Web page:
Your business is already underway and seems to be going from strength to strength. There are good sales; customers seem satisfied, the merchandise flows, but you don’t know how much you expect of net profit at the end of the year? So, this article interests you a lot. You must read it because it has no waste.
Profits are the main incentive in the business world, and obtaining the highest possible profitability is the ultimate goal of every business person. But the benefits are closely linked to other variables, such as costs and expenses; the art of managing seeks to harmonize between them.
The utility of a company is a financial indicator used to measure whether said undertaking; it generates sufficient benefits that give it sustainability or, on the contrary, it is producing losses; in other words, it is the profit obtained by your investment.
In the business and business environment, and more specifically, for convenience established in the generally accepted accounting principles, a differentiation is made in the concept of utility. That distinction is as follows:
- Gross profit; It is the mathematical difference, between income and cost of sale, in a company. Does not include fixed, financial, or tax payments.
- Net Income; it is calculated, taking the operating profit, and all non-operating income and expenses are added and subtracted. Which is the same, you take all the income and subtract all the expenses.
Net profit at the end of the year
The net profit is the figure resulting from adding all the income and subtracting the expenses incurred during a fiscal year, twelve months, or a calendar year and is calculated at the end of this period. That is why there is talk of net profit at the end of the year. It represents the sum of money that will be distributed among the partners.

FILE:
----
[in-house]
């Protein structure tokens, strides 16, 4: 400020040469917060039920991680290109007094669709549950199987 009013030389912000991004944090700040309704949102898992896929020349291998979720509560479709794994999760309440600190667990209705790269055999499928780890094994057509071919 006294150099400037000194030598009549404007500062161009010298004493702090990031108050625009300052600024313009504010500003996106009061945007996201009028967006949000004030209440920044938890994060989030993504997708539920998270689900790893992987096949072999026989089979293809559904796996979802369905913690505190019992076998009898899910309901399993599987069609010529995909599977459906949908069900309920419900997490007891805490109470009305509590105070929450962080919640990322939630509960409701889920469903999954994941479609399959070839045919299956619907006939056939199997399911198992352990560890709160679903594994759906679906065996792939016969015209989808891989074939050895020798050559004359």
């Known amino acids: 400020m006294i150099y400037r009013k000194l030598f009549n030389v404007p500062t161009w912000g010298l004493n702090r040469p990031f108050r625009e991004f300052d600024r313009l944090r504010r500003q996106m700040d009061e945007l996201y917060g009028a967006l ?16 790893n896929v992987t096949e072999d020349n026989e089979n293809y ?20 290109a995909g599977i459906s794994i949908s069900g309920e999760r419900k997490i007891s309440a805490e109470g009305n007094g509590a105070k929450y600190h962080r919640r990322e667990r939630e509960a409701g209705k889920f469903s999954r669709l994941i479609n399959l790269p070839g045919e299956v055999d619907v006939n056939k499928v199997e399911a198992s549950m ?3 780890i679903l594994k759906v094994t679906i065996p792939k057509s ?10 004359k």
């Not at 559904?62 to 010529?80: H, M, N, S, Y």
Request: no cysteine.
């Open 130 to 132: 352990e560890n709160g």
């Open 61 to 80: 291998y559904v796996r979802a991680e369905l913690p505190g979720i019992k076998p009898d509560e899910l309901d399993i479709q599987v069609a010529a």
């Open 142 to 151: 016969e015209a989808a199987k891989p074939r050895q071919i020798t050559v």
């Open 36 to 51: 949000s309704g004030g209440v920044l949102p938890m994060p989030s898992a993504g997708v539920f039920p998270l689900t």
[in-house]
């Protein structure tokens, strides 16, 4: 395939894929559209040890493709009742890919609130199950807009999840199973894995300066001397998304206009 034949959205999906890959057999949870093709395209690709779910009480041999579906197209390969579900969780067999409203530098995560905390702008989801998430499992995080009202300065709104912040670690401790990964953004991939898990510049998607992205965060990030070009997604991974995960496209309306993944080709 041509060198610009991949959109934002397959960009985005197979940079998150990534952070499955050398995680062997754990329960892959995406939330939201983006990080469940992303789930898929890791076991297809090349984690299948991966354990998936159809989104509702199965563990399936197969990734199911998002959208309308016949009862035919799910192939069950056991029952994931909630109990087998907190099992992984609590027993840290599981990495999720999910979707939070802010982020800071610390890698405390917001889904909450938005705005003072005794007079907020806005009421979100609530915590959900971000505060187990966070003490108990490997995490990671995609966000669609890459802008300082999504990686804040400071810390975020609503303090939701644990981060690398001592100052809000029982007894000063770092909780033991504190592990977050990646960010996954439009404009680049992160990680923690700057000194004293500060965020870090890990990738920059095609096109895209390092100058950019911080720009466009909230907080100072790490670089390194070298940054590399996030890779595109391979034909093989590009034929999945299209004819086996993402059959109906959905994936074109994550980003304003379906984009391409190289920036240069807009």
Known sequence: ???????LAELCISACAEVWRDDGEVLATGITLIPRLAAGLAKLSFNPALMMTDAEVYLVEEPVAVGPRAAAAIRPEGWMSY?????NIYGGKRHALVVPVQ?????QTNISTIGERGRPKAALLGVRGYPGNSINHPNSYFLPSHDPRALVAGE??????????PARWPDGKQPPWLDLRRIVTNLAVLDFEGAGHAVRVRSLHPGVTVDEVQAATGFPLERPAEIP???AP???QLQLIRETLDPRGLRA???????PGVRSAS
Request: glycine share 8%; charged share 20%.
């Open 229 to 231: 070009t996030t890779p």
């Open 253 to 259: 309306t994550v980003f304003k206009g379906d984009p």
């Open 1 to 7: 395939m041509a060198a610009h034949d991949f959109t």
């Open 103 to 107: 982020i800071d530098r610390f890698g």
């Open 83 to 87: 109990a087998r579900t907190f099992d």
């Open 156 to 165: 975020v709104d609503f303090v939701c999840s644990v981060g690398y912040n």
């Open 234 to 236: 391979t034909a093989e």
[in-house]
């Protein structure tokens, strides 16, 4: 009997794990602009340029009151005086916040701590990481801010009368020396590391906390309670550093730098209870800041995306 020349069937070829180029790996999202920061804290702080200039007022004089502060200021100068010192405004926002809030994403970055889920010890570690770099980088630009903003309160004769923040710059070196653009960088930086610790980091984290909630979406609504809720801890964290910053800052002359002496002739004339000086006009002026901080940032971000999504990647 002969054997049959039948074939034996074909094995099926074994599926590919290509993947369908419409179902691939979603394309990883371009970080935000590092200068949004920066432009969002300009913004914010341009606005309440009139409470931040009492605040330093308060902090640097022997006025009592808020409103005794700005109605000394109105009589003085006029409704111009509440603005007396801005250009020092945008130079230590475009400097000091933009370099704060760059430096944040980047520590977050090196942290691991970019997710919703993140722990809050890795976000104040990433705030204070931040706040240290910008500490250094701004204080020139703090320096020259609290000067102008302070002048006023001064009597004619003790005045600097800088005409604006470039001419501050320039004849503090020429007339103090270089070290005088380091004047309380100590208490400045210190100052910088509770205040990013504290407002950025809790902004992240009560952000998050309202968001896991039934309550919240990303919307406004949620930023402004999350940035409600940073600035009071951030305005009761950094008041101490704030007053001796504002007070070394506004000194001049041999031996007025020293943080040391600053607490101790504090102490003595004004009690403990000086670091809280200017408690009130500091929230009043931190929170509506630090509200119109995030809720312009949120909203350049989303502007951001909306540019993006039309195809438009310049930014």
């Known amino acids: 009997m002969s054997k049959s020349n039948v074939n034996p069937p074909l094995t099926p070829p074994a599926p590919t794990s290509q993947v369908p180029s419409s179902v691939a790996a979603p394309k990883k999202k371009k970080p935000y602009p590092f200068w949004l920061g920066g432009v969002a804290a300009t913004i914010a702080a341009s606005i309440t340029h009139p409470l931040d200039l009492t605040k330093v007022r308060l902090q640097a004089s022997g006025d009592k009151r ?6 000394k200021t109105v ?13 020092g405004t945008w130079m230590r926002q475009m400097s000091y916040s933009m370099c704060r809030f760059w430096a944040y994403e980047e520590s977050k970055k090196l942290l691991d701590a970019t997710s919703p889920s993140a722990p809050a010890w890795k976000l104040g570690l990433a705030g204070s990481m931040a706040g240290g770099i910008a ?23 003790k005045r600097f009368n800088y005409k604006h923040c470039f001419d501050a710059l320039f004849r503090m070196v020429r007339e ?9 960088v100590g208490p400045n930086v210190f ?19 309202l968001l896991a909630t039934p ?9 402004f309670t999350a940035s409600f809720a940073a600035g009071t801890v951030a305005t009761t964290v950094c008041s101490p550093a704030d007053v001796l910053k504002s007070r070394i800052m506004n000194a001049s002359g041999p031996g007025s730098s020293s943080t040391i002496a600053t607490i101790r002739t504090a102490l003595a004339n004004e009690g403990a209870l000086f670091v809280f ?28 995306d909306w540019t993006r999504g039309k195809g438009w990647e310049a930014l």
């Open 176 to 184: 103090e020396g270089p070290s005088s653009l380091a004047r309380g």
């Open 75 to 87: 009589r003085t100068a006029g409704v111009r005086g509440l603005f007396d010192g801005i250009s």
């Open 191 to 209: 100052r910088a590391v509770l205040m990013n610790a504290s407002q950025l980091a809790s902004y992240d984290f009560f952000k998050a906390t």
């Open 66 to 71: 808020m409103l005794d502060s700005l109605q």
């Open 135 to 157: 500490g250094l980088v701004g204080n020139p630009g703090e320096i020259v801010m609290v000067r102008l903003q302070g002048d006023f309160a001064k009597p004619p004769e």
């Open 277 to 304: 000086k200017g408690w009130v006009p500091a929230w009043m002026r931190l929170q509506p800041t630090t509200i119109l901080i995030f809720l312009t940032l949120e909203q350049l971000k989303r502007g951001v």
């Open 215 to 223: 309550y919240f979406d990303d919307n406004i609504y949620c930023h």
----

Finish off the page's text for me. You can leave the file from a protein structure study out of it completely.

Now, how much money should you wait? That depends on many factors and circumstances, how effective your company has been, during the financial year that has just ended, and to which economic sector you dedicate yourself. Here are some examples.
Retail clothing stores
The gross profit margins in the clothing manufacturing industry are calculated at 48.46%, but when operating expenses are added; As rental advertising and others, the net profit margin is reduced to 8%. In such a way that if your company is in the field, managing between 7 and 12% is reasonable.
The equipment manufacturing industry stands at 31.98%, but because this sector demands enormous capital expenditures, its profit margin stands at just 6%.
The gross profit for the telecommunications sector is around 86.51%, but its net profit stands at 11% because it requires many general and operating expenses.
Economy of scale
Another aspect to consider is the economy of scale. Large stores, for example, can afford to have a percentage of profit; Relatively low due to the volume of sales they handle, but a small business could not survive with the same margin.